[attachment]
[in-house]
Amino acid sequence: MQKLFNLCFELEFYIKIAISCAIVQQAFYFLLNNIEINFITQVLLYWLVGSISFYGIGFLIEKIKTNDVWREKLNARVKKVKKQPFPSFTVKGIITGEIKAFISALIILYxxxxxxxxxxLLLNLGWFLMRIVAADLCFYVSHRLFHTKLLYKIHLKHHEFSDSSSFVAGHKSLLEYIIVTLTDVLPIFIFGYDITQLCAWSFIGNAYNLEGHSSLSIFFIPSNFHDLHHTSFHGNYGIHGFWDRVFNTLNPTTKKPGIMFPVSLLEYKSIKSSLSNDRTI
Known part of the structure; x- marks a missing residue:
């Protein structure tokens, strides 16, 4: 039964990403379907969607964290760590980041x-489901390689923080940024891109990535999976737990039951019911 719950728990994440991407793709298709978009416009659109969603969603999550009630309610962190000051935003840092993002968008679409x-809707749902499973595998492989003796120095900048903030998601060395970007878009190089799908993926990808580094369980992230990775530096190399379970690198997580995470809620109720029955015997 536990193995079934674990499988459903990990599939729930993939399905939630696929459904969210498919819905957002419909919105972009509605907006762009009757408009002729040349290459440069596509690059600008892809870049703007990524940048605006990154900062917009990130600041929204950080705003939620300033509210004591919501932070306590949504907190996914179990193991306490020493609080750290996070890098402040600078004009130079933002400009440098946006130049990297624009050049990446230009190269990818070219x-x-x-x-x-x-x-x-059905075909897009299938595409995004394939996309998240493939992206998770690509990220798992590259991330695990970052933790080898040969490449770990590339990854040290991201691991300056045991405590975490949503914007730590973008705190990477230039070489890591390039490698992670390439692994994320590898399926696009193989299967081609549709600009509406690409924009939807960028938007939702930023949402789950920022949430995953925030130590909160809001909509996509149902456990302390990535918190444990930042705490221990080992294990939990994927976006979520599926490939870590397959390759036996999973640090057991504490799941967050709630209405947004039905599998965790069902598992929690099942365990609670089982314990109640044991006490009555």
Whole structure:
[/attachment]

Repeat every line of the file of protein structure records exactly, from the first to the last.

[in-house]
Amino acid sequence: MQKLFNLCFELEFYIKIAISCAIVQQAFYFLLNNIEINFITQVLLYWLVGSISFYGIGFLIEKIKTNDVWREKLNARVKKVKKQPFPSFTVKGIITGEIKAFISALIILYxxxxxxxxxxLLLNLGWFLMRIVAADLCFYVSHRLFHTKLLYKIHLKHHEFSDSSSFVAGHKSLLEYIIVTLTDVLPIFIFGYDITQLCAWSFIGNAYNLEGHSSLSIFFIPSNFHDLHHTSFHGNYGIHGFWDRVFNTLNPTTKKPGIMFPVSLLEYKSIKSSLSNDRTI
Known part of the structure; x- marks a missing residue:
């Protein structure tokens, strides 16, 4: 039964990403379907969607964290760590980041x-489901390689923080940024891109990535999976737990039951019911 719950728990994440991407793709298709978009416009659109969603969603999550009630309610962190000051935003840092993002968008679409x-809707749902499973595998492989003796120095900048903030998601060395970007878009190089799908993926990808580094369980992230990775530096190399379970690198997580995470809620109720029955015997 536990193995079934674990499988459903990990599939729930993939399905939630696929459904969210498919819905957002419909919105972009509605907006762009009757408009002729040349290459440069596509690059600008892809870049703007990524940048605006990154900062917009990130600041929204950080705003939620300033509210004591919501932070306590949504907190996914179990193991306490020493609080750290996070890098402040600078004009130079933002400009440098946006130049990297624009050049990446230009190269990818070219x-x-x-x-x-x-x-x-059905075909897009299938595409995004394939996309998240493939992206998770690509990220798992590259991330695990970052933790080898040969490449770990590339990854040290991201691991300056045991405590975490949503914007730590973008705190990477230039070489890591390039490698992670390439692994994320590898399926696009193989299967081609549709600009509406690409924009939807960028938007939702930023949402789950920022949430995953925030130590909160809001909509996509149902456990302390990535918190444990930042705490221990080992294990939990994927976006979520599926490939870590397959390759036996999973640090057991504490799941967050709630209405947004039905599998965790069902598992929690099942365990609670089982314990109640044991006490009555």
Whole structure: